EUR/USD Forecast Sep. 4-8 2017

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EUR/USD made a big breakout and topped 1.20 but fell quite quickly as well. Where will it head next? The ECB meeting is undoubtedly the key event of the week, and there are other events as well. Here is an outlook for the highlights of this week and an updated technical analysis for EUR/USD.

The Jackson Hole Symposium pushed EUR/USD higher, but the pair needed some time before making a decisive breakout above 1.20. That did not hold: reports that the ECB does not like the current strength of the currency outweighed higher inflation in the euro-zone.  Reports about a “no decision” from the ECB weighed on the pair late in the week. The downfall was also driven by a stronger US dollar. Apart from a necessary correction, the greenback enjoyed upbeat economic data: GDP growth came out at the robust level of 3% and other data was also supportive.

Updates:

EUR/USD daily chart with support and resistance lines on it. Click to enlarge:

  1. Spanish Unemployment Change: Monday, 7:00. Spain still suffers from a high unemployment rate despite the improvements in recent years. This snapshot of the jobs markets serves as a gauge for the wider economy. The number of those that are out of a job fell by 26.9K in July, but it came out below expectations. Another drop is likely now: 16.3K is expected.
  2. PPI: Monday, 9:00. Producer prices serve as a forward-looking gauge of future consumer prices. In June, prices dropped by 0.1% m/m, as expected. A rise of 0.1% is projected.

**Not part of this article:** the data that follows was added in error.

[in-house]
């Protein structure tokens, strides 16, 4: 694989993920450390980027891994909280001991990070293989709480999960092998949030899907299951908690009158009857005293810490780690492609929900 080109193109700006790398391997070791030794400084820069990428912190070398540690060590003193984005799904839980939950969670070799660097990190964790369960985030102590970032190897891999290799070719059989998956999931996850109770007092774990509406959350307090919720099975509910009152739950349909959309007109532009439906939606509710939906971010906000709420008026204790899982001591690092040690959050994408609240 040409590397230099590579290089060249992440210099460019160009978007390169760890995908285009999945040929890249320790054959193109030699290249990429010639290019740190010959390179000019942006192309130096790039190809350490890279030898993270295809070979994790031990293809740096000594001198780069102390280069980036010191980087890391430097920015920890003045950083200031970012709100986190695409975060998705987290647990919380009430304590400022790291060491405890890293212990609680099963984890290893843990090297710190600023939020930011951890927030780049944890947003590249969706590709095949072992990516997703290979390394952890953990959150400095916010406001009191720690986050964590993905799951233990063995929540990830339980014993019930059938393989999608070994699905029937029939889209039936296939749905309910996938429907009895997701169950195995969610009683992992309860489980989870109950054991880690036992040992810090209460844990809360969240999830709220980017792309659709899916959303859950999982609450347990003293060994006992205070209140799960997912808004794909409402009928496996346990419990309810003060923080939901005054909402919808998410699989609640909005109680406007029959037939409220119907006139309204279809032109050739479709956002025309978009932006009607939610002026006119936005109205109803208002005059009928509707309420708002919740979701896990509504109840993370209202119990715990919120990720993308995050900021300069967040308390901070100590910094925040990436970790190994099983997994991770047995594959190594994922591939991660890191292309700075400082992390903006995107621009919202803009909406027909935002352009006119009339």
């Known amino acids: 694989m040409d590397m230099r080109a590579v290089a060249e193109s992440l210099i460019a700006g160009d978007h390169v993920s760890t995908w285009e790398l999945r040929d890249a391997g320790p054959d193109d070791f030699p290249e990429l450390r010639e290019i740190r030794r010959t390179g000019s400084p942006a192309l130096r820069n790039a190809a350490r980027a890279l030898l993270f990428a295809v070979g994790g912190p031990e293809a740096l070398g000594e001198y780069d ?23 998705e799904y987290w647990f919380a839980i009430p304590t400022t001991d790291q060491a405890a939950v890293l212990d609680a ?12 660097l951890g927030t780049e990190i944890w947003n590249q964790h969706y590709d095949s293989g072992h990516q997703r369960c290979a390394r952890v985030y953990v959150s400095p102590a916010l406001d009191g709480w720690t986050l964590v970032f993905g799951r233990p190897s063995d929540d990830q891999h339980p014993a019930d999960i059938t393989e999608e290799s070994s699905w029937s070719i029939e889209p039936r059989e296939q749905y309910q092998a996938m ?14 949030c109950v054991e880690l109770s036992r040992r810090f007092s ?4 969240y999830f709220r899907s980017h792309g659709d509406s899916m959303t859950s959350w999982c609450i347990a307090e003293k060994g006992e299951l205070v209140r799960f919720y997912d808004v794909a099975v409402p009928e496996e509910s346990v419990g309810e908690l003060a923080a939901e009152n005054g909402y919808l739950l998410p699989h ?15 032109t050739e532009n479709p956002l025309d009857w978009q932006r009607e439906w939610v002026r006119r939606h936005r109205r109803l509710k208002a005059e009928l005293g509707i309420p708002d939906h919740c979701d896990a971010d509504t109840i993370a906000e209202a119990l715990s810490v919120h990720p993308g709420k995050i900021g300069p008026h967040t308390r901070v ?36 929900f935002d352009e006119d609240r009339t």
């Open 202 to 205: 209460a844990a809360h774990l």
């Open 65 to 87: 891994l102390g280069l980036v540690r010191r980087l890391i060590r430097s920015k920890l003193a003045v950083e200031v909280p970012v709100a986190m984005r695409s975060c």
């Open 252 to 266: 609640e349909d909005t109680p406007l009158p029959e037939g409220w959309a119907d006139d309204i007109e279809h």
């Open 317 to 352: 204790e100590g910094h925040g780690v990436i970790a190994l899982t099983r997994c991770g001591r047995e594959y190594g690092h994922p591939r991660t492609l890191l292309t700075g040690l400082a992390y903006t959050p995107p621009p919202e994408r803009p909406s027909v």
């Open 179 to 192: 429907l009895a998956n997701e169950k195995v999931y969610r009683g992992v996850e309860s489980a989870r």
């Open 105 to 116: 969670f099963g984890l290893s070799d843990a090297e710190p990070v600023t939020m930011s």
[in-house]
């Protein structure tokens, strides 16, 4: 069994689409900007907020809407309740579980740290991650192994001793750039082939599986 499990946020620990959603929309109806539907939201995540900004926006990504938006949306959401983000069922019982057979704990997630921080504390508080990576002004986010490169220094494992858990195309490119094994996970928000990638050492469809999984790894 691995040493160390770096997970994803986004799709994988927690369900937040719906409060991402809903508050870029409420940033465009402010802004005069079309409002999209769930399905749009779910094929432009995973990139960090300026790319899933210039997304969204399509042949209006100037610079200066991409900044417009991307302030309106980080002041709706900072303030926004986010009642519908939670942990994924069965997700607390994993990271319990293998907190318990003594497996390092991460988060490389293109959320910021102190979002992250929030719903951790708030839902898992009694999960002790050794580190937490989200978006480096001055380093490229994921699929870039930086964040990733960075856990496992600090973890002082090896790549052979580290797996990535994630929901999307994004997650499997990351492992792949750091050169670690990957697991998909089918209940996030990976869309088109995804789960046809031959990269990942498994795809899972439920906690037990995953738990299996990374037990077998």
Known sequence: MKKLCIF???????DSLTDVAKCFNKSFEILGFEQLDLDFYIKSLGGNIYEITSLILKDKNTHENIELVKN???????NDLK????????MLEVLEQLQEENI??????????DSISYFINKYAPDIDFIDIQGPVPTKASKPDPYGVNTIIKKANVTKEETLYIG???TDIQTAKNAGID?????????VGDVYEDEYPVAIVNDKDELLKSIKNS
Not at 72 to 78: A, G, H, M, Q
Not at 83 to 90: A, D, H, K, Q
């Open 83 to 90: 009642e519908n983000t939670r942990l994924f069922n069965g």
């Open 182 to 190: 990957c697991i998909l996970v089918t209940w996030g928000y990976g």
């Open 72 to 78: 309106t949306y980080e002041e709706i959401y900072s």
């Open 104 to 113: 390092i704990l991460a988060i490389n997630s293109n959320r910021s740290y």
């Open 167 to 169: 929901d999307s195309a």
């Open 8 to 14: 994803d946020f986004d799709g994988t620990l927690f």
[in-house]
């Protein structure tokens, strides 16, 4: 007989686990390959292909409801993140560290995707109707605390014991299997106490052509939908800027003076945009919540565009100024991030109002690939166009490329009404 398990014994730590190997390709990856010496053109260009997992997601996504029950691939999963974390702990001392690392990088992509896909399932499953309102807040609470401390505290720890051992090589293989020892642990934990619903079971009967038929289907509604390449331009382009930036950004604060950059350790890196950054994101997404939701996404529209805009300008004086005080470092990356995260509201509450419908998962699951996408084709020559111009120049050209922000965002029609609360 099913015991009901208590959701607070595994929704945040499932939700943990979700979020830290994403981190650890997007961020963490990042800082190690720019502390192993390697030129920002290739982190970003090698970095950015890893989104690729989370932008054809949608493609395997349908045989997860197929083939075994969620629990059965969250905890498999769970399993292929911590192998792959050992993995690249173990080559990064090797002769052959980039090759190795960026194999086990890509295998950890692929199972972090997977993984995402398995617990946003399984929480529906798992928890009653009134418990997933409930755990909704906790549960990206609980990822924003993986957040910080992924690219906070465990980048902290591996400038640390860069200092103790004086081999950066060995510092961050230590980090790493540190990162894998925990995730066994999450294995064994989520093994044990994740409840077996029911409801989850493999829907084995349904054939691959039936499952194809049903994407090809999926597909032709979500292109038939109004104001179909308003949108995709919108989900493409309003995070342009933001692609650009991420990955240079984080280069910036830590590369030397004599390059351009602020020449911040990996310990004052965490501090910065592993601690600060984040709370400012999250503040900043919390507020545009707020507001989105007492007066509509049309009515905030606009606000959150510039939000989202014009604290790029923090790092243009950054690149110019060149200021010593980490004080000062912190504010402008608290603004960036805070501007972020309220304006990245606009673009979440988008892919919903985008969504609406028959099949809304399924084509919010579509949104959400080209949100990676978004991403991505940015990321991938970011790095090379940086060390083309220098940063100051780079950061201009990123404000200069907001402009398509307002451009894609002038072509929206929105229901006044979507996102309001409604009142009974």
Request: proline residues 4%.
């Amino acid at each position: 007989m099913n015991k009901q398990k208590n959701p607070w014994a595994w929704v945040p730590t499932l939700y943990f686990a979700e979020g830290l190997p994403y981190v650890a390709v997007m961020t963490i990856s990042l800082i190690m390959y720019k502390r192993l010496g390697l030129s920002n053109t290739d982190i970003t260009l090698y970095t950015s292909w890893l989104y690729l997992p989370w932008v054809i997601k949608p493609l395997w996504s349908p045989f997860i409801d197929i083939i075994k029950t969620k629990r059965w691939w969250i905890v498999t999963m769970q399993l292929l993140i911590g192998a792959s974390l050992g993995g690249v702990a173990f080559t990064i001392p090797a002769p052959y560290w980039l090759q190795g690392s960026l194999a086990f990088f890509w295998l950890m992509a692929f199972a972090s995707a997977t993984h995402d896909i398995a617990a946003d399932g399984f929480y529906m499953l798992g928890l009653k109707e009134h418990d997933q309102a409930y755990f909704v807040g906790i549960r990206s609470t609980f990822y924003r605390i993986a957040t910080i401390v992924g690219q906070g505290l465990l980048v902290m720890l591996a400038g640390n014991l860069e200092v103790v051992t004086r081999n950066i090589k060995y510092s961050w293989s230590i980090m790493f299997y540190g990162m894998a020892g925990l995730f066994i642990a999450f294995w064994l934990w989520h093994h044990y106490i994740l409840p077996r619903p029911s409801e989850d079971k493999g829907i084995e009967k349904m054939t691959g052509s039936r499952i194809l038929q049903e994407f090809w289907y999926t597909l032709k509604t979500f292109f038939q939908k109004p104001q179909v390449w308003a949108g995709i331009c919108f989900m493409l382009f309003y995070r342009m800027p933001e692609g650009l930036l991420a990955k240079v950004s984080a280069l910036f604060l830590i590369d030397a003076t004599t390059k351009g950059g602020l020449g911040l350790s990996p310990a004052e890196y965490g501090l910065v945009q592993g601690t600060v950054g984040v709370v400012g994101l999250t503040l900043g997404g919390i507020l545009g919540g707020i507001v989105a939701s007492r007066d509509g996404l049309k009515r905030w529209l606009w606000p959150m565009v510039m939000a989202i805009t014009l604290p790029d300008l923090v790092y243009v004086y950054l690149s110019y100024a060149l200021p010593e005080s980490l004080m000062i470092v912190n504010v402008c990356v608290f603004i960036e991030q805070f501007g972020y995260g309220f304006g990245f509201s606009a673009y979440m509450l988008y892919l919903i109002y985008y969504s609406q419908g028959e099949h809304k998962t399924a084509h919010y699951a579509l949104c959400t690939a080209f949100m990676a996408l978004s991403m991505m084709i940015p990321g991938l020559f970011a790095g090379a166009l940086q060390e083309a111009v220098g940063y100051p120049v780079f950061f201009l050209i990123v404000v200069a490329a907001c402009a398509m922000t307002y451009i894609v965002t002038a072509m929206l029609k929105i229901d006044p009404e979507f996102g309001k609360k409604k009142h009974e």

3. Services PMIs: Tuesday: 7:15 for Spain, 7:45 for Italy, final French data at 7:50, final German figures at 7:55 and the final euro-zone number at 8:00. Back in July, Spain enjoyed a robust growth rate in the services sector according to Markit, with a score of 57.6 points/ A slide to 571 is forecast for August. Italy, the third-largest economy, had 56.3 points. A score of 55.3 is estimated now. According to the preliminary read for August, France had a score of 55.5, Germany had 53.4 and the euro-zone had 54.9, all above the 50 point level that separates expansion from contraction.
  4. Retail Sales: Tuesday, 9:00. The retail sales numbers for the euro-zone are released after German and French have already released their own numbers. Nevertheless, the data has a tendency to provide surprises. A rise of 0.5% was seen in June. A drop of 0.2% is expected now.
  5. GDP (revised): Tuesday, 9:00. The previous reads of euro-zone GDP both showed a growth rate of 0.6%, for the second time in a row. The updated version for Q2 GDP will likely confirm it.
  6. German Factory Orders: Wednesday, 6:00. Changes in orders at factories are volatile but are still telling. In June, Germany enjoyed a rise of 1% in orders. Will we see a drop now? A rise of 0.4% is predicted.
  7. Retail PMI: Wednesday, 8:10. This measure of the retail sector has been above 50 points in the past 4 months, hitting 51 points in July. We now get the data for August.
  8. German industrial output: Thursday, 6:00. Contrary to factory orders, this measure of industrial production disappointed with a drop of 1.1% in June. A bounce up of 0.6% is expected.
  9. French Trade Balance: Thursday, 6:45. France suffers from a chronic trade deficit. In June, this deficit widened to 4.7 billion. A similar figure is likely now: -4.5 billion.